A peaceful Ashoura would help bring the a slight semblance of peace and sanity to the country. Though it was marred by the Peshawar suicide attack which killed 11 people, but due to the very strict and impressive security arrangements, 9th and 10th the most sensitive days went by peacefully.
Now as the Ashoura has passed, and the elections of February are looming large, there is every chance that the election campaign would gain momentum, and once again things will start electrifying. Each and every player in these elections will strive hard to hurtle ahead.
The key players right now at the scene are Nawaz Sharif of PML-N, Asif Ali Zardari of PPP, Altaf Hussain of MQM, Chaudhury Shujaat Hussain of PML-Q, and Maulana Fazlur Rahman of Jamiat-ul-Ulema Islam (JUI) Pakistan. There are some other small time players like in NWFP the Pashtun breakaway faction of PPP led by Aftab Sherpao, who is largely a B-team of PML-Q, and then there is ANP (which is also Pashtun) in NWFP, some nationalist parties in Balochistan and Sindh. There are handful of tiny giants like Qazi Hussain Ahmad of Jamat-e-Islami and Imran Khan of Tehrik-e-Insaf.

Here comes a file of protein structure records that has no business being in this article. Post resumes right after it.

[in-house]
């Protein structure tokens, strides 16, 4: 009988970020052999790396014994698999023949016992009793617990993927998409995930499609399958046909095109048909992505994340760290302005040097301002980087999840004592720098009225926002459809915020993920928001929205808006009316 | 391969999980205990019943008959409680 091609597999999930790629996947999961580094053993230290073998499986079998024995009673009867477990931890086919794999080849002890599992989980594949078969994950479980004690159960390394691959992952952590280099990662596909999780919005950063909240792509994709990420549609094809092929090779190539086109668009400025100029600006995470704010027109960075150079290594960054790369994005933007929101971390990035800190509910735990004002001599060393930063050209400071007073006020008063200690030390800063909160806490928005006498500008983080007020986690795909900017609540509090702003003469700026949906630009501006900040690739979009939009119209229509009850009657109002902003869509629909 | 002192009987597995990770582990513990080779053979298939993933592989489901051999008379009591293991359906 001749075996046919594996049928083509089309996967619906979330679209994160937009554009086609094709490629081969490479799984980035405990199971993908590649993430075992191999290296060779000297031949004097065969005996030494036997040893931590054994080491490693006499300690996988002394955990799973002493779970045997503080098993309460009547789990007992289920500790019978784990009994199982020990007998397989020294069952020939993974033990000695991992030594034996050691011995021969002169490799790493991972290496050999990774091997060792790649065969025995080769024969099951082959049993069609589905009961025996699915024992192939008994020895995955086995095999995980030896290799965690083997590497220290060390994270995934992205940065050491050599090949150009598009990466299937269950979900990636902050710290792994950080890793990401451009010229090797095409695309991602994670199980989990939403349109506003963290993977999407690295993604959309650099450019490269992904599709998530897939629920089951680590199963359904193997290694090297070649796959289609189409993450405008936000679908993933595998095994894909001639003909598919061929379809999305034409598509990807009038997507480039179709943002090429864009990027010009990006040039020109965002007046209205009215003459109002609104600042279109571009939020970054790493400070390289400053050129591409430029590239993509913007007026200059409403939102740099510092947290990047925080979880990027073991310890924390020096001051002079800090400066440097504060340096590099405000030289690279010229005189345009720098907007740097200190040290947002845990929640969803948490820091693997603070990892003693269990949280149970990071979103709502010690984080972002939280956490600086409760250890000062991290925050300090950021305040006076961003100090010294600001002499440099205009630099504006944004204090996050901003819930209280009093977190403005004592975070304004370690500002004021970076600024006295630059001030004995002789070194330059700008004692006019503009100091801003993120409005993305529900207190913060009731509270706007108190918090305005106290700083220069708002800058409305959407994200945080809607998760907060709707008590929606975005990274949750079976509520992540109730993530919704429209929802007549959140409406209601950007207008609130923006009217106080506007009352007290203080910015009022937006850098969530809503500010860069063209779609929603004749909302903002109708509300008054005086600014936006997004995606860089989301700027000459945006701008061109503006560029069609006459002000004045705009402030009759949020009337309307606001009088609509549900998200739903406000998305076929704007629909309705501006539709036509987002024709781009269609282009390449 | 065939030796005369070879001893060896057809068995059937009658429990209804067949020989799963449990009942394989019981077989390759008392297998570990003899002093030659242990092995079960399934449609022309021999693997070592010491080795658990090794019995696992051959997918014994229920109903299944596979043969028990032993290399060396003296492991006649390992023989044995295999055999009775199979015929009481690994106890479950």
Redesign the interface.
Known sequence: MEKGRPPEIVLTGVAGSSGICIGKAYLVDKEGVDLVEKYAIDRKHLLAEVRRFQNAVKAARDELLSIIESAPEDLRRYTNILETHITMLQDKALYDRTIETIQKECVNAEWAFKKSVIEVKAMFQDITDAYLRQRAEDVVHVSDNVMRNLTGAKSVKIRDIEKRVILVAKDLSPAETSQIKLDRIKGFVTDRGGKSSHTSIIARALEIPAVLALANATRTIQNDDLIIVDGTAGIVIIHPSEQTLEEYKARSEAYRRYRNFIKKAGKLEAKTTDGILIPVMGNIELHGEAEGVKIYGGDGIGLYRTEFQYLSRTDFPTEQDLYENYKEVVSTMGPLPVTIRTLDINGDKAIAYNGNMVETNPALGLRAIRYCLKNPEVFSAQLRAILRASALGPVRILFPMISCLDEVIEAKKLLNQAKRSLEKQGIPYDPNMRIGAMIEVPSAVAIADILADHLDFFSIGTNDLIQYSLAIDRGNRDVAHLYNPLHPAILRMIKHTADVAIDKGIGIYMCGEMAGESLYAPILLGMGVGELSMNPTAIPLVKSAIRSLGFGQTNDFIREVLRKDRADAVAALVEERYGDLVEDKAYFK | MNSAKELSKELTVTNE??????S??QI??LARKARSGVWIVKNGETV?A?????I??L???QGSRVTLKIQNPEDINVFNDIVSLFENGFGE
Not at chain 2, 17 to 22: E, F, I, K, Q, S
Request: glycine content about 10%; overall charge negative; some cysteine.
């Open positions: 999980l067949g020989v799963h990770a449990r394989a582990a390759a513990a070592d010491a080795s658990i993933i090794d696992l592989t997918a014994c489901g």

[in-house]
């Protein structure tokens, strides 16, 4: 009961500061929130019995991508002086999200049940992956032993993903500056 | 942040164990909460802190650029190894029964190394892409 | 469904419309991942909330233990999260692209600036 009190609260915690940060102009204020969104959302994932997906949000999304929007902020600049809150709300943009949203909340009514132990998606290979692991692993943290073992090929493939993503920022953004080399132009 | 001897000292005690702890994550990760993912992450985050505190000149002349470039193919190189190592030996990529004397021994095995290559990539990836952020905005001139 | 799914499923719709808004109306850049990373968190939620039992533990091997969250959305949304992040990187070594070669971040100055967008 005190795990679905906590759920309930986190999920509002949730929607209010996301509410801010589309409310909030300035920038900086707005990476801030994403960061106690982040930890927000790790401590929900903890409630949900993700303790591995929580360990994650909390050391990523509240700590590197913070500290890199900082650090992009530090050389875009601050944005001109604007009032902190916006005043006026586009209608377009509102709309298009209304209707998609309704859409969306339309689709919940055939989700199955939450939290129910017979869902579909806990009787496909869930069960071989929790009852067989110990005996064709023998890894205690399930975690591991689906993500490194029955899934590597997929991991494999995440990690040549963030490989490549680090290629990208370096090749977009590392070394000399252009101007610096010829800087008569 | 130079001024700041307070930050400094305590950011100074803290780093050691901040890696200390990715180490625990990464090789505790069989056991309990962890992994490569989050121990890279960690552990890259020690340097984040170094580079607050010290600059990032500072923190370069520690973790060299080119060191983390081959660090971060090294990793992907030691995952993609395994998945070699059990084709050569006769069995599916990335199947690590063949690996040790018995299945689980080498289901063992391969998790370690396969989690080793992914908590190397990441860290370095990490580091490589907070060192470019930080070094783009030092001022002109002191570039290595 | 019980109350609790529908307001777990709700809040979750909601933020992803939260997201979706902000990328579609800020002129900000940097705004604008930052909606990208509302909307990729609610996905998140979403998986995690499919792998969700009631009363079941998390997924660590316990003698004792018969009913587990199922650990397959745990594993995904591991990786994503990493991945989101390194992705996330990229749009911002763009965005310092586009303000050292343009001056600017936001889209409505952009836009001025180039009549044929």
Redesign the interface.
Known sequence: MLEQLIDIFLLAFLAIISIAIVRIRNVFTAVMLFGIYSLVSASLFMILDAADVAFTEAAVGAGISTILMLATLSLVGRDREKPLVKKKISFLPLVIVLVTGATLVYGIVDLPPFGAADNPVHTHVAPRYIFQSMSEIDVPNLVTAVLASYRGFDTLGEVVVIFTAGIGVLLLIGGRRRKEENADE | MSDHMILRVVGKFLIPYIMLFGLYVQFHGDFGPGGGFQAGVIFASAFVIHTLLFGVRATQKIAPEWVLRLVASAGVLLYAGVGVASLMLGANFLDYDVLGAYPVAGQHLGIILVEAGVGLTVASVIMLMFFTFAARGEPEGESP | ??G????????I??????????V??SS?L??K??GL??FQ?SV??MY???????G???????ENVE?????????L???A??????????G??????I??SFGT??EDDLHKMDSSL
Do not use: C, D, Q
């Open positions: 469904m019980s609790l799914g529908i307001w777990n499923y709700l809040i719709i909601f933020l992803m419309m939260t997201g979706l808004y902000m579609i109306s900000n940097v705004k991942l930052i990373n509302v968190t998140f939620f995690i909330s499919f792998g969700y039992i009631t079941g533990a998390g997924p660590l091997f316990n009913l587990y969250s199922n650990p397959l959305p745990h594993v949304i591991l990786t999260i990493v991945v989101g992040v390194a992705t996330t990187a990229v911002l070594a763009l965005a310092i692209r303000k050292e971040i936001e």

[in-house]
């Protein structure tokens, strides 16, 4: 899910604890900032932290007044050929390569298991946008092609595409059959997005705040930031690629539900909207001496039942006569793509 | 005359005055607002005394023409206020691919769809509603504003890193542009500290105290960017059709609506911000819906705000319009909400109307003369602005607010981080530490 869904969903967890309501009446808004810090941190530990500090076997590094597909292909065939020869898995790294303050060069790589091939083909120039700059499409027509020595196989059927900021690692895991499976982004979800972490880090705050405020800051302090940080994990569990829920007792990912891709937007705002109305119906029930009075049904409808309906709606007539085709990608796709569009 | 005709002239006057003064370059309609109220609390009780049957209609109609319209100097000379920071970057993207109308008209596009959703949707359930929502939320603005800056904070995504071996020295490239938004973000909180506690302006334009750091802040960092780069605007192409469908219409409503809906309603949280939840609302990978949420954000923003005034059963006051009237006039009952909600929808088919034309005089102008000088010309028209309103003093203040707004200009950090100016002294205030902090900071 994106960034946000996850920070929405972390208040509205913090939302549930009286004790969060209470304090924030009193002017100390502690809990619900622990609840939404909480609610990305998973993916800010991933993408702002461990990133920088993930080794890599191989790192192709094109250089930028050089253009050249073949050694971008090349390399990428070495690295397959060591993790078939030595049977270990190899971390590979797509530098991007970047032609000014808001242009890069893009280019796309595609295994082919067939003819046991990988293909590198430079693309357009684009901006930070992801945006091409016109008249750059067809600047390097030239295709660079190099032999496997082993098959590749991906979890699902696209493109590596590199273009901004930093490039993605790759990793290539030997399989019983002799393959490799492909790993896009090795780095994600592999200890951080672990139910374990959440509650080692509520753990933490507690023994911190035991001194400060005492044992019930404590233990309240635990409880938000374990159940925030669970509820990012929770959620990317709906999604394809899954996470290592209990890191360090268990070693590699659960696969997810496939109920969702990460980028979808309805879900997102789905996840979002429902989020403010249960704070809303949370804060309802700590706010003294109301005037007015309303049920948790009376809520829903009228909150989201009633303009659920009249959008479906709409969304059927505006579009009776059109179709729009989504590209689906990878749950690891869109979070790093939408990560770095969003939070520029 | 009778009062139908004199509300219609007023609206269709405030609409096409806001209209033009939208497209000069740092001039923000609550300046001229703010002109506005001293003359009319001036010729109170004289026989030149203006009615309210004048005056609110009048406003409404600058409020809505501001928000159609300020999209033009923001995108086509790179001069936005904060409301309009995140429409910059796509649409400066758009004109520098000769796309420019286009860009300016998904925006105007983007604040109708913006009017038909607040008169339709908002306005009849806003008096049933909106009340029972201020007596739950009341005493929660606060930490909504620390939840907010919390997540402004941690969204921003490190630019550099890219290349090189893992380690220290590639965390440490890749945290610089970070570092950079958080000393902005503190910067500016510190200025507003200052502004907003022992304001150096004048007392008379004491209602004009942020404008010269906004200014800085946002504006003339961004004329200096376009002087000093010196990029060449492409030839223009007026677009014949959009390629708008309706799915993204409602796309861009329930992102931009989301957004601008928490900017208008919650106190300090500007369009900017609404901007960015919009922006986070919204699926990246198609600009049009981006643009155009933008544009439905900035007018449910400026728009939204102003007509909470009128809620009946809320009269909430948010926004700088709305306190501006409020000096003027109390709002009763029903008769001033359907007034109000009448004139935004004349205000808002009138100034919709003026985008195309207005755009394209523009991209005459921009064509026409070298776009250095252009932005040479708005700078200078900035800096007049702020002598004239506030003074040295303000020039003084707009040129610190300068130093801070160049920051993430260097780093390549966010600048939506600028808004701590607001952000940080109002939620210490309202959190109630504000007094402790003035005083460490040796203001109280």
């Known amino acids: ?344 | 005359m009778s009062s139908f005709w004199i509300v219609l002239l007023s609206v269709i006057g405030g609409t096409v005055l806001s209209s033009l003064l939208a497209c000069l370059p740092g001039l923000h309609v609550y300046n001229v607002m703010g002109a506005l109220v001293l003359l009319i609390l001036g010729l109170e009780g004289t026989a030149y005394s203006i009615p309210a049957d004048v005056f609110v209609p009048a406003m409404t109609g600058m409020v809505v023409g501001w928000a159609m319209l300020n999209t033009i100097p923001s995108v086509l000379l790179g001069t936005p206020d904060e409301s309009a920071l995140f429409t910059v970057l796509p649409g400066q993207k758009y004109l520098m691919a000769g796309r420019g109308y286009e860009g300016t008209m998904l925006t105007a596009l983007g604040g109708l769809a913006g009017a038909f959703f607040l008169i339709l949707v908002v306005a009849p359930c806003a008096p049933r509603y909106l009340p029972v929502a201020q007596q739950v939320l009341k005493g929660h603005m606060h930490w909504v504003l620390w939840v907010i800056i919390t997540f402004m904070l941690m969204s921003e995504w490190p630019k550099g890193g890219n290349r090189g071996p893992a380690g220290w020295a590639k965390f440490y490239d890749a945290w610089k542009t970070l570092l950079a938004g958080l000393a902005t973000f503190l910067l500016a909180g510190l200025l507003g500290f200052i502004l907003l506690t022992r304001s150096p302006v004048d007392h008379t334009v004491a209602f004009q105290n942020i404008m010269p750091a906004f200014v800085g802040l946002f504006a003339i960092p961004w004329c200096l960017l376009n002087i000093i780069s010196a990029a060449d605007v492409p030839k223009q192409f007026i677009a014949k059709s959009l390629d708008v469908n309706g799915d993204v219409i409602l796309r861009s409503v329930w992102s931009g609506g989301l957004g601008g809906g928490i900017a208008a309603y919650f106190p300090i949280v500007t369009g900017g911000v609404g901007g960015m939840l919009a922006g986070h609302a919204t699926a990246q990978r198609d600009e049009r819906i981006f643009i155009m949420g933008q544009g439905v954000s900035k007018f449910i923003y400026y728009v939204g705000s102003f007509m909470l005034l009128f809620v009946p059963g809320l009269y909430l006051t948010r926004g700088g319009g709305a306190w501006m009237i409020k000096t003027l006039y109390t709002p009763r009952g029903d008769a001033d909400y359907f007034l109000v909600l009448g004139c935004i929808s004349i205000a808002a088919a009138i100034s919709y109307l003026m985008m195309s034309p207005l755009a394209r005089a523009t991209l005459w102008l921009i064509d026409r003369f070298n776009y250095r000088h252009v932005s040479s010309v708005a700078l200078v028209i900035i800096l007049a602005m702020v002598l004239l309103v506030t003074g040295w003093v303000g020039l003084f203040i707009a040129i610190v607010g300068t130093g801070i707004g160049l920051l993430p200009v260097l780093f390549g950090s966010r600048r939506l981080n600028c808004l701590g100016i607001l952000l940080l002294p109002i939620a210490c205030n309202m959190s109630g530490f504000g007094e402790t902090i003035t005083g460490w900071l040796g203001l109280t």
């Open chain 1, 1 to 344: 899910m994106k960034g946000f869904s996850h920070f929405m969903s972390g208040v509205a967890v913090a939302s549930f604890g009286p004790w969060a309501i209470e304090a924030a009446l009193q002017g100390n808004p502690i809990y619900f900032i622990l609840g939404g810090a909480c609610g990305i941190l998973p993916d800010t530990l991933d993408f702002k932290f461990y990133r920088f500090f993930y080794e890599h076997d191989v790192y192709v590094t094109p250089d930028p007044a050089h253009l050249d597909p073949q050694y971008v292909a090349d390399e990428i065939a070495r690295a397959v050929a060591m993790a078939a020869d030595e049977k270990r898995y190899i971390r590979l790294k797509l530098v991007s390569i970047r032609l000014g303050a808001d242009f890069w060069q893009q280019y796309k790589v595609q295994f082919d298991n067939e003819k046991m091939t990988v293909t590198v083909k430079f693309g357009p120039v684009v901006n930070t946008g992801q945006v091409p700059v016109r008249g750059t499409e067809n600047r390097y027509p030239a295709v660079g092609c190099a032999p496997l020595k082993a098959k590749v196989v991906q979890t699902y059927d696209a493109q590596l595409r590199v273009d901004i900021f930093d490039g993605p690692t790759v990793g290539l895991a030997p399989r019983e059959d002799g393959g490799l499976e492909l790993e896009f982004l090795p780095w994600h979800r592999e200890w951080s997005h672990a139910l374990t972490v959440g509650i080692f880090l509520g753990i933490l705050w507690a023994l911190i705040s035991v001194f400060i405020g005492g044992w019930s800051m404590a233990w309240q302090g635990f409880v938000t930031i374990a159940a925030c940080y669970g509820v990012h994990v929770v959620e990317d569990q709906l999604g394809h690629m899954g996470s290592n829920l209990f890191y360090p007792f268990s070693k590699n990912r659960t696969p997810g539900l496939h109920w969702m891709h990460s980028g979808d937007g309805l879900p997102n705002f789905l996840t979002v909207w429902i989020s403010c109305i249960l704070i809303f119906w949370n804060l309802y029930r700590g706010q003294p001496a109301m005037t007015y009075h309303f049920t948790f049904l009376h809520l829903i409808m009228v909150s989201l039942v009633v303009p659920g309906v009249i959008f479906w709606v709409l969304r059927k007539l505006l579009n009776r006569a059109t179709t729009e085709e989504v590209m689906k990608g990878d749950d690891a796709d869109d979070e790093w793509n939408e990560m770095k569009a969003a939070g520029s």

Electorally speaking, the most powerful player on the scene right now is Pakistan People’s Party. It has got a profound support in the rural and urban areas of Sindh which has been heavily tilted in its favour after the horrendous assassination of twice Prime Minister of Pakistan and their leader Benazir Bhutto last year. Though Asif Ali Zardari doesn’t enjoy a much celebrated support in its own party and elsewhere, he has got enough support due to his late wife for the party.
PPP has become more tenacious as it has got the facilitations by PML-N of Nawaz Sharif against the PML-Q in Punjab and in NWFP. PPP also enjoys a very considerable support in the Seriaki belt of Southern Punjab. Pakistani Muslim League Nawaz is solid in central and Northern Punjab, whereas PML-Q is by and large counting on the rigging and overt/covert support from the district governments.
As the days are passing its becoming more and more hard for PML-Q to stick to their plans, and there is a whiff of change in the air.